(A) Conversion of glargine into M1 and M2 metabolites. (B) Effects of M1 and M2 on IR/IGF1R hybrids and on IR/IR homodimers. Receptors were prepared as described in figure 1. BRET assays were performed in the presence of increasing concentrations of insulin, glargine, M1, M2 or IGF1. (C) Dose-dependent effect of insulin, glargine, M1, M2 or IGF1 on PIP3 production in MCF-7 cells. BRET assays were performed in the presence of increasing concentrations of ligands. Ligand-induced BRET (BRET above basal at the plateau) was determined for each ligand concentration and was used to establish dose-response curves. Results are the means ± S.E.M. of 4 to 6 independent experiments. EC50 for insulin, IGF1, glargine and its metabolites are given in Table 3 and 4.
Effect of glargine and its metabolites M1 and M2 on downstream signaling events in MCF-7 cells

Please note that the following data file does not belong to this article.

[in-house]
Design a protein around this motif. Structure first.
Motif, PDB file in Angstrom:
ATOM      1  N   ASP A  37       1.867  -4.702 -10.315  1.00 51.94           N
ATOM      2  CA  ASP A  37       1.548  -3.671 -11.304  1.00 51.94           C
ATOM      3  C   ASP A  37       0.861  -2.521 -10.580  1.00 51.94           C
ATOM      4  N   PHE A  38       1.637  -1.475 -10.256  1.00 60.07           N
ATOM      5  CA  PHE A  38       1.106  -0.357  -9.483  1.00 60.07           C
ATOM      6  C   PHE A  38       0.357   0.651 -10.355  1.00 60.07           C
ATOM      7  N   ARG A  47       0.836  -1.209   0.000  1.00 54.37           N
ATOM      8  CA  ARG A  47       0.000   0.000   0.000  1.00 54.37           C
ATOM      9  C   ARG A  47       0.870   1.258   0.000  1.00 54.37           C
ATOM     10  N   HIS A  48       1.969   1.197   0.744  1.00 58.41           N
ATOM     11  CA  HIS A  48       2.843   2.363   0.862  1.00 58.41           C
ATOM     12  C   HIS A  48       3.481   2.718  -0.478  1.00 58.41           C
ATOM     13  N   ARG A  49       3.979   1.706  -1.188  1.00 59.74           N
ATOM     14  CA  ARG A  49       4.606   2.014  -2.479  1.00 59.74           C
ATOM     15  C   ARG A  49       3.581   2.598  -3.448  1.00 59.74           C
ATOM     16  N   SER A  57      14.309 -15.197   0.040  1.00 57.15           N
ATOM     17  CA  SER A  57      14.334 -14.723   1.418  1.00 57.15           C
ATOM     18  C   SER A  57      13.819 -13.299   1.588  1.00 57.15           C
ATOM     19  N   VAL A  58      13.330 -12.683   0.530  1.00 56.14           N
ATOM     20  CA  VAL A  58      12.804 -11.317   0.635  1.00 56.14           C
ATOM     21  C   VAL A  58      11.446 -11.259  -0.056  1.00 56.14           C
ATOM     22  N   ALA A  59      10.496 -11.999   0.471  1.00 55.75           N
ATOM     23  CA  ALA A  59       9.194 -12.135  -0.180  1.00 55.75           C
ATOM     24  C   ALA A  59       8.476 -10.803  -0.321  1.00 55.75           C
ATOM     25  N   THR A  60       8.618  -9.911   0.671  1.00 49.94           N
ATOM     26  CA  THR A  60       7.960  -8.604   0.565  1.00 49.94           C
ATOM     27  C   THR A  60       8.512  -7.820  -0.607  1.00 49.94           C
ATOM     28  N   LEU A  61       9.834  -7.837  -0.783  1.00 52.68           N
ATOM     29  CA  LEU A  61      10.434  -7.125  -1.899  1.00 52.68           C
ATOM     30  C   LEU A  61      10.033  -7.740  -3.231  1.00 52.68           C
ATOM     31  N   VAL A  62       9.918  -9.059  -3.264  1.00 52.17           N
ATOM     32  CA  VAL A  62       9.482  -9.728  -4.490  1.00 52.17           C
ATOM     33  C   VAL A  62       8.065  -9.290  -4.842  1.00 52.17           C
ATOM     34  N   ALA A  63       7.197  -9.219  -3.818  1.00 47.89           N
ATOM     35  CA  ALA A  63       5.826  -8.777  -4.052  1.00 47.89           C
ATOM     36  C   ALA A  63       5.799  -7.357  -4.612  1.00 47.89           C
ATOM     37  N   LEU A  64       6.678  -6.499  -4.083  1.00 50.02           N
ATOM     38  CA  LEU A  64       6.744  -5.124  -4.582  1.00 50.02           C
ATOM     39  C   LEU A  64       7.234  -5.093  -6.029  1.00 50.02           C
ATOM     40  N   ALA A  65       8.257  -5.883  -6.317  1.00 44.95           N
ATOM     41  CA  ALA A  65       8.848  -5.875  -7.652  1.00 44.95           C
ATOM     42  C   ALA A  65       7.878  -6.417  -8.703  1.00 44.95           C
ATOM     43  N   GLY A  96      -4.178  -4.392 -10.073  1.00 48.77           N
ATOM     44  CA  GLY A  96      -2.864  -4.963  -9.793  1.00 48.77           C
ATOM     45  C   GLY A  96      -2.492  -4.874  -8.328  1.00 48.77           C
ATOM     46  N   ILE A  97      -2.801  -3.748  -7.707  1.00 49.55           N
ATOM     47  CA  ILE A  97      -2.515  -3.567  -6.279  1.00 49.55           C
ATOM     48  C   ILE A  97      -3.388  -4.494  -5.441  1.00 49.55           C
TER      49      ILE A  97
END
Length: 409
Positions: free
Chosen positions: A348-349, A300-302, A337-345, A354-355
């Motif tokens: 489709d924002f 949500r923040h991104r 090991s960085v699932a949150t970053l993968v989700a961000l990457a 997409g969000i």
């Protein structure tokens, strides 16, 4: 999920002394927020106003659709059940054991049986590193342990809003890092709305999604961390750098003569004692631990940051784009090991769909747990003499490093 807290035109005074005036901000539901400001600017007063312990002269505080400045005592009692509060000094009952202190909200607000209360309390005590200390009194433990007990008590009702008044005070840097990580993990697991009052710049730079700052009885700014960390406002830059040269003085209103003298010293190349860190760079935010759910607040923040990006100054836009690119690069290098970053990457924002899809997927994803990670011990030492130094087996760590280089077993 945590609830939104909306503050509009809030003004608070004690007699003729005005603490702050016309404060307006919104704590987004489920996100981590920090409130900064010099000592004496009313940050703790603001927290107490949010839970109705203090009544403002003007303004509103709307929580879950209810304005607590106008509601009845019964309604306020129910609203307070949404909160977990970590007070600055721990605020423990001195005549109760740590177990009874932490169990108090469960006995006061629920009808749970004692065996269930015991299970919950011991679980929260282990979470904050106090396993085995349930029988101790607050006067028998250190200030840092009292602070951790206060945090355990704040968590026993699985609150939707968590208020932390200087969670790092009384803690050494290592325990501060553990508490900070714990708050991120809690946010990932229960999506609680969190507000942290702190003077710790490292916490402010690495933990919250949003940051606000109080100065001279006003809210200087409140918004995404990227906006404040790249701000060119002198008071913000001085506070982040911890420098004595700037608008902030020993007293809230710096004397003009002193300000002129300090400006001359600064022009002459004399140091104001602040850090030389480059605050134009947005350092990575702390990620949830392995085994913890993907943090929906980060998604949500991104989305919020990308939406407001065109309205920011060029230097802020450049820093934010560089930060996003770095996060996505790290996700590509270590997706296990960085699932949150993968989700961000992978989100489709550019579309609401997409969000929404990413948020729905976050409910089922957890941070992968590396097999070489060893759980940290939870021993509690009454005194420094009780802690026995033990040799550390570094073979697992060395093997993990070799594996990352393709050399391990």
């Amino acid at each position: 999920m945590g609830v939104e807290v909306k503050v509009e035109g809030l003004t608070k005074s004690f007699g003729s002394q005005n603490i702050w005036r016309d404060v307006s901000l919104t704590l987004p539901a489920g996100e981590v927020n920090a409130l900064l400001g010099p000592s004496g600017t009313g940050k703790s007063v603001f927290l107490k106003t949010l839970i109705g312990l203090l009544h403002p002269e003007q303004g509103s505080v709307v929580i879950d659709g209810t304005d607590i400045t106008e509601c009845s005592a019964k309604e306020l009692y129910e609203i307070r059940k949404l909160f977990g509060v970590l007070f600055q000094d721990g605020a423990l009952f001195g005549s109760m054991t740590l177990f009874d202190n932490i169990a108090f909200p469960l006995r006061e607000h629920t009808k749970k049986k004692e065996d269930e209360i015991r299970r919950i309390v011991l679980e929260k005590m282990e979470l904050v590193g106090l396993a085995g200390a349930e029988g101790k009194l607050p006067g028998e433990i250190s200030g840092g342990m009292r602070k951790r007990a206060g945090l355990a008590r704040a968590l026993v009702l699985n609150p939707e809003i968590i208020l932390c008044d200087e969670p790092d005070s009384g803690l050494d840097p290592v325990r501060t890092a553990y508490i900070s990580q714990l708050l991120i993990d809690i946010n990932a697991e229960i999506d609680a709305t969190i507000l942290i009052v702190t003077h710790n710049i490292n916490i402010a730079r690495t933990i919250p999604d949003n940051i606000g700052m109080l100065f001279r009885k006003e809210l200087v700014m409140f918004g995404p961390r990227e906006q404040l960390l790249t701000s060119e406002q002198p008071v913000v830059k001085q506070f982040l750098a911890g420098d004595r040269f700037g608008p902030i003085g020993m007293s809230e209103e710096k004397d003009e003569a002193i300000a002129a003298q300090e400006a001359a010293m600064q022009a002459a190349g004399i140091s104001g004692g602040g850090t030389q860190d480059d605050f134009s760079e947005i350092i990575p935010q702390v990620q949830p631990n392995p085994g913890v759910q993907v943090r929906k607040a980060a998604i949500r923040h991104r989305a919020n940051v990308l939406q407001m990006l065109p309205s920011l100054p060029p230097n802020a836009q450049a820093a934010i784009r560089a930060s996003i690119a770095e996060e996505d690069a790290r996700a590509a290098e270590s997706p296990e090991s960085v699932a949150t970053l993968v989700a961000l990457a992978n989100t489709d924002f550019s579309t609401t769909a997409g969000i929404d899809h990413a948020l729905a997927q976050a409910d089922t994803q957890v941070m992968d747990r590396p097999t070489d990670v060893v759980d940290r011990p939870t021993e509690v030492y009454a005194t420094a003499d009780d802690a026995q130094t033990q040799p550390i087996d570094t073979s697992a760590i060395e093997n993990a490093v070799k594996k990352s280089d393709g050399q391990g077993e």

We compared the effects of insulin, glargine, M1, M2 and IGF1 on Akt and Erk1/2 phosphorylation in MCF-7 cells using both western-blot (Fig. 4A) and in-cell western (Fig. 4B). In agreement with the results obtained with these ligands in BRET experiments (Fig. 3), glargine stimulated Akt and Erk with significantly higher potency compared to insulin, whereas the effects of M1 and M2 were similar to those of insulin (Fig. 4A, B and Table 4). Using quantitative RT-PCR, we also evaluated the effect of these ligands on the expression of two genes involved in the regulation of cell proliferation (Fig. 4C). EGR1 is a transcription factor that acts as a tumor suppressor in breast cancer cells , whereas IGFBP1 regulates cell proliferation by binding to and inhibiting IGF1 effects . We observed that the expression of EGR1 and IGFBP1 was significantly inhibited by overnight treatment with 10 nM glargine. Inhibition by insulin was less marked, whereas M1 and M2 had no significant effect. In agreement with these results, glargine stimulated thymidine incorporation into DNA with higher potency, whereas M1 and M2 displayed similar or lower potency than insulin (Fig. 4D and Table 4).